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Care Team Spotlight: Mark O’Connor, MD – Endocrinologist

Date Posted: Friday, August 20, 2021


Dr. O’Connor joined the UMass Memorial Diabetes Center of Excellence (DCOE) after completing his endocrinology fellowship at Massachusetts General Hospital, but he is no stranger to Worcester. He graduated from UMass Chan Medical School and after completing internship and residency at Dartmouth-Hitchcock Medical Center, he returned to Worcester to work as a hospitalist at Memorial Hospital before pursuing fellowship training in Boston. During his fellowship, in addition to treating patients with a wide range of endocrine disorders, he studied the genetics of type 2 diabetes at the Broad Institute of MIT and Harvard. A Massachusetts native, Dr. O’Connor currently lives in Central Mass with his wife and toddler.

"In a sense, he returned home," said Dr. Samir Malkani, Interim Chief of Diabetes at UMass Memorial Health. When Dr. O’Connor was a medical student, Dr. Malkani was his first endocrinology supervisor. "I feel very fortunate that he chose the UMass Chan Diabetes Center of Excellence to begin his career in Diabetes and Endocrinology."

Why Diabetes Care

Dr. O’Connor chose to focus on diabetes care because of the high prevalence of type 2 diabetes (T2D). “I felt like studying diabetes was a way to help a large number of people.” He’s excited to assist people developing individualized care plans incorporating the latest treatment options. He believes in the DCOE's care team approach in which an endocrinologist, nurse practitioner, and diabetes educator work as a team with each patient, utilizing the latest technology and medications to treat type 1 or type 2 diabetes.    

Diabetes Research

Research is a passion of Dr. O’Connor because diabetes is a disease that affects so many people yet still involves so many unanswered questions. In large biobank datasets with hundreds of thousands of participants, he’s investigating genes linked to a person’s T2D risk and is also studying new mechanisms by which people develop the disease. He also plans to do more clinical research, including clinical trials.

"Dr. O’Connor will find plenty of opportunities to forge collaborations with the talented faculty at UMass Chan Medical School to pursue a rewarding career combining diabetes care with his research interests," said Dr. Malkani.

He’s currently collaborating with colleagues in the Emergency Department (ED) at UMass Memorial to launch a randomized controlled trial to determine if continuous glucose monitoring (CGM) can improve quality of life and A1c levels for patients treated in the ED. Participants will include people with pre-existing diabetes as well as those who arrived to the ED undiagnosed. The study will analyze whether CGM successfully keeps people from returning to the hospital with diabetes-related issues once they’ve been discharged from the ED, and it will be the first study of its kind to evaluate the benefits of CGM for ED patients.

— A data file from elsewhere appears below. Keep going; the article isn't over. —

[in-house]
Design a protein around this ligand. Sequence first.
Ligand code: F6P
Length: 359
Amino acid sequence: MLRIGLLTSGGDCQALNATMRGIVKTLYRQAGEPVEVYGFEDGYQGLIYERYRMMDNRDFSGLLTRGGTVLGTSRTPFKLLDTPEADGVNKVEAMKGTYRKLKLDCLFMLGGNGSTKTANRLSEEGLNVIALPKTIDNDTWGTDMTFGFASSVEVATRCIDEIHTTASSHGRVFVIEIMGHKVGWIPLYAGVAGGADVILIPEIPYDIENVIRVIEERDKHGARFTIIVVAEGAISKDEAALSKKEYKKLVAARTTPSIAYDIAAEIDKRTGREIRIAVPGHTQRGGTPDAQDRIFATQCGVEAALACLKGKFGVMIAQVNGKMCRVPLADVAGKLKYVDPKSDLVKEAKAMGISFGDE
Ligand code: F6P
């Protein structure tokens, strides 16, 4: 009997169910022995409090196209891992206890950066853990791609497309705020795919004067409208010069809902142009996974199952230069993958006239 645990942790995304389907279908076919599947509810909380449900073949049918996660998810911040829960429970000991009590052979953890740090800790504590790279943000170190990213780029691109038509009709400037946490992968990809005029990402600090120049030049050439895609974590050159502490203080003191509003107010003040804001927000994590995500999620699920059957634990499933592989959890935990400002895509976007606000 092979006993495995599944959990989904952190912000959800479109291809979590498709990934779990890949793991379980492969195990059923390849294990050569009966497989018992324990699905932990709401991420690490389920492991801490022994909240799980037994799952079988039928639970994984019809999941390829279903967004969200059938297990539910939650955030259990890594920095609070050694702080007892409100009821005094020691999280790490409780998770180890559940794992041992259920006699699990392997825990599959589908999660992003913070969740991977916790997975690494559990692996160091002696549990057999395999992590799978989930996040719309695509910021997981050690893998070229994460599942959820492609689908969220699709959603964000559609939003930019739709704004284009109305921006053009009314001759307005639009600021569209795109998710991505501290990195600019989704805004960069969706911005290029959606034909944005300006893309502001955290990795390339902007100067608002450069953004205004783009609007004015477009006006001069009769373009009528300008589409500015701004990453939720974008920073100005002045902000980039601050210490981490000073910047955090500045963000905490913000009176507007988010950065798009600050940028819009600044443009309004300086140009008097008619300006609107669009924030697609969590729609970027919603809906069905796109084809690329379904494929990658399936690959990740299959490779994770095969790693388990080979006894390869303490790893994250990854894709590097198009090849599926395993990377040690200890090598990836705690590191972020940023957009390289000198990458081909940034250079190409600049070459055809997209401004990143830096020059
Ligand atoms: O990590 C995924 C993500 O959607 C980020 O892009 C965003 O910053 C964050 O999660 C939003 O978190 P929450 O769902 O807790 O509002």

Challenges of Treating Diabetes

Dr. O’Connor understands that healthcare costs such as medication prices as well as insurance co-pays and deductibles make it difficult for people with type 1 and type 2 diabetes. Similarly, the costs of obtaining and preparing healthy foods and getting regular exercise can be significant, especially for people working and raising families.  And for type 1 diabetes, especially, he recognizes the psychological toll it takes to manage a disease that requires such constant attention. “Our ability to pay attention to multiple things at the same time is limited,” said Dr. O’Connor.

“When diabetes is a constant focus it can affect your mental well-being.”

What Attracted Dr. O’Connor to the UMass Chan Diabetes Center of Excellence       

“I like the multidisciplinary approach of the UMass Chan DCOE,” he said.  He appreciates having health psychologists on the care team who specialize in diabetes management as well as a dedicated kidney specialist, since diabetes is the most common cause of kidney disease. “I really value the diabetes educators who help with everything from insulin pumps to nutrition and so many other topics affecting people with both type 1 and type 2.” 

He highlighted the clinic workflow and spoke specifically about the value of point-of-care A1c testing. “It optimizes patient care. Our patient care assistants administer the test, and the results are ready when the doctor enters the exam room,” he said.  “If people use CGM or an insulin pump, that data is downloaded for us ahead of time so that we can maximize our time formulating a plan with the patient.”  

“The Specialty Pharmacy is also a great resource,” added Dr. O’Connor. “Our team works hard to find the most cost-effective medication for each patient and helps people navigate the challenges of the health insurance system.”

Dr. O’Connor’s Favorites

Hobbies/Activities: Hiking, running, and playing the piano.

Massachusetts Locations: Lake Park, Purgatory Chasm, Moore State Park

TV Shows: Scrubs

Music: Traditional, Classical, Jazz, “Almost anything basically.”